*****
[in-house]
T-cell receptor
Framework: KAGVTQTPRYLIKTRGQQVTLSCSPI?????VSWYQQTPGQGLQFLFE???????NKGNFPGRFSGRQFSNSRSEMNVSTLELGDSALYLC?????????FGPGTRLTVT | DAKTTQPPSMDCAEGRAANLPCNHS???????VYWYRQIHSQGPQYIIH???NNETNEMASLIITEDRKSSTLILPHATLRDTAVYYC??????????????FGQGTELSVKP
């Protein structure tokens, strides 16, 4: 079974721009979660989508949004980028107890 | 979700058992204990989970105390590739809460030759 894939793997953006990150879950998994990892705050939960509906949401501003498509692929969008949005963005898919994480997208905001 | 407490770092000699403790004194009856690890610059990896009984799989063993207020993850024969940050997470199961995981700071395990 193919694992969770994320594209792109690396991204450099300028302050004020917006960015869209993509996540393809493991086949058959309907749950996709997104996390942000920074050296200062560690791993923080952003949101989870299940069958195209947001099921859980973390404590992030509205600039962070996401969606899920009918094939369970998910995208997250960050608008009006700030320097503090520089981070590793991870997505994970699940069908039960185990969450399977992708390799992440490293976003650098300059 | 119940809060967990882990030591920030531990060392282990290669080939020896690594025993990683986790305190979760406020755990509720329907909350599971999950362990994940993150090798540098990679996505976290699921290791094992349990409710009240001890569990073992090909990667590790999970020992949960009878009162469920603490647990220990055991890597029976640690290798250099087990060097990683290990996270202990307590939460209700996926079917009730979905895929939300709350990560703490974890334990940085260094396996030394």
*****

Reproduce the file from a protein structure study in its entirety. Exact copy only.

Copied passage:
[in-house]
T-cell receptor
Framework: KAGVTQTPRYLIKTRGQQVTLSCSPI?????VSWYQQTPGQGLQFLFE???????NKGNFPGRFSGRQFSNSRSEMNVSTLELGDSALYLC?????????FGPGTRLTVT | DAKTTQPPSMDCAEGRAANLPCNHS???????VYWYRQIHSQGPQYIIH???NNETNEMASLIITEDRKSSTLILPHATLRDTAVYYC??????????????FGQGTELSVKP
């Protein structure tokens, strides 16, 4: 079974721009979660989508949004980028107890 | 979700058992204990989970105390590739809460030759 894939793997953006990150879950998994990892705050939960509906949401501003498509692929969008949005963005898919994480997208905001 | 407490770092000699403790004194009856690890610059990896009984799989063993207020993850024969940050997470199961995981700071395990 193919694992969770994320594209792109690396991204450099300028302050004020917006960015869209993509996540393809493991086949058959309907749950996709997104996390942000920074050296200062560690791993923080952003949101989870299940069958195209947001099921859980973390404590992030509205600039962070996401969606899920009918094939369970998910995208997250960050608008009006700030320097503090520089981070590793991870997505994970699940069908039960185990969450399977992708390799992440490293976003650098300059 | 119940809060967990882990030591920030531990060392282990290669080939020896690594025993990683986790305190979760406020755990509720329907909350599971999950362990994940993150090798540098990679996505976290699921290791094992349990409710009240001890569990073992090909990667590790999970020992949960009878009162469920603490647990220990055991890597029976640690290798250099087990060097990683290990996270202990307590939460209700996926079917009730979905895929939300709350990560703490974890334990940085260094396996030394």